90. Mrs. White
asked the Secretary of State for the Colonies the proposed programme for the development of African housing in Kenya; and on what principles the new housing loan will be allocated.
§ Mr. Lyttelton
Both Government and the local authorities have their own separate housing schemes. In addition to 900 quarters completed in 1952, Government plans to build 2,310 quarters for a cost of £800,000 to house all its African employees throughout the Colony. Provided funds can be made available the bulk of these should be completed by 1956.
Nairobi City Council has a capital programme of £2 million from 1953–57 which will provide houses for 25,000 people and serviced plots for employers' and owners' building. Details of the programme are as follow:
- (i) Houses to be built for rent, for 10,000 persons; 6,500 of these will occupy accommodation in which work has already started.
- (ii) Houses for rent to employers for 2,500 persons. Housing for 300 of these will have begun by the end of this year.
- (iii) Permanent owner-built housing; 100 serviced plots available.
- (iv) Sub-standard buildings to be erected by Africans for themselves; 500 serviced plots available.
- (v) Employer-built housing serviced by the Council; 80 acres.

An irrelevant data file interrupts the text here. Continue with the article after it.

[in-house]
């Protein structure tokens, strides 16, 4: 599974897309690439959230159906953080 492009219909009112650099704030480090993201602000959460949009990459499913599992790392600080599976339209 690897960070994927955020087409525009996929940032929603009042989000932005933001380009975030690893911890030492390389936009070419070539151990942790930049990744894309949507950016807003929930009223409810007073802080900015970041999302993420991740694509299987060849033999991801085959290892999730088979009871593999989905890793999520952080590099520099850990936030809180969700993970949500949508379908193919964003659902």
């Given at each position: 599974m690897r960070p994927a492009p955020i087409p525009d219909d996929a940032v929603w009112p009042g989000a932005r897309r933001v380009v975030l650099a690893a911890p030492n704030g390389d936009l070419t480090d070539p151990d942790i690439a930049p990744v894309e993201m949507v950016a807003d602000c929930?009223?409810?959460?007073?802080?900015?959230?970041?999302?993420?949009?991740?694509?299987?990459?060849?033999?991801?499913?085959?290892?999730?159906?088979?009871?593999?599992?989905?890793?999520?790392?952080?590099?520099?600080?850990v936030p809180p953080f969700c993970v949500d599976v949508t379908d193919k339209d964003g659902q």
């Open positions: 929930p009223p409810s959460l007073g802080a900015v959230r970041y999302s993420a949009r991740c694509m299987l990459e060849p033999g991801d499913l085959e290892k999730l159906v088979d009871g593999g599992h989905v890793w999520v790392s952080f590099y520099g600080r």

Mombasa has a capital programme from 1953–57 of £250,000, to provide housing for 3,000 or 4,000 people. Buildings under way are: (i) Staff housing for 300 persons; and (ii) Changamwe Estate, where 136 acres for tenant purchase and owner-built housing are being developed.
Nakuru with a programme from 1953–57 of £300,400, intends to build housing for 5,000 people. Houses for rent for 1,000 people are already being constructed.
Eldoret has a programme of £85,700 over the same period, which should house about 1,500 people. Houses for rent for 152 families are under construction.
Kisumu plan to build houses for 400 at a cost of £20,000; at Kitale semipermanent accommodation for 1,600 persons will be built at a cost of £35,000.162W
Further surveys of the requirements at each centre, and particularly at Nairobi and Mombasa, are being carried out. The Kenya Government attach great importance to an early solution of the African housing problem and the Deputy-Governor is taking over the general direction of the whole programme.
To supplement these schemes the Kenya Government are negotiating a loan of £2 million from the Colonial Development Corporation to finance direct Government buildings of African housing under the aegis of the new Central Housing Board, and to lend money to Africans to build their own houses and to employers to build houses for their African labour.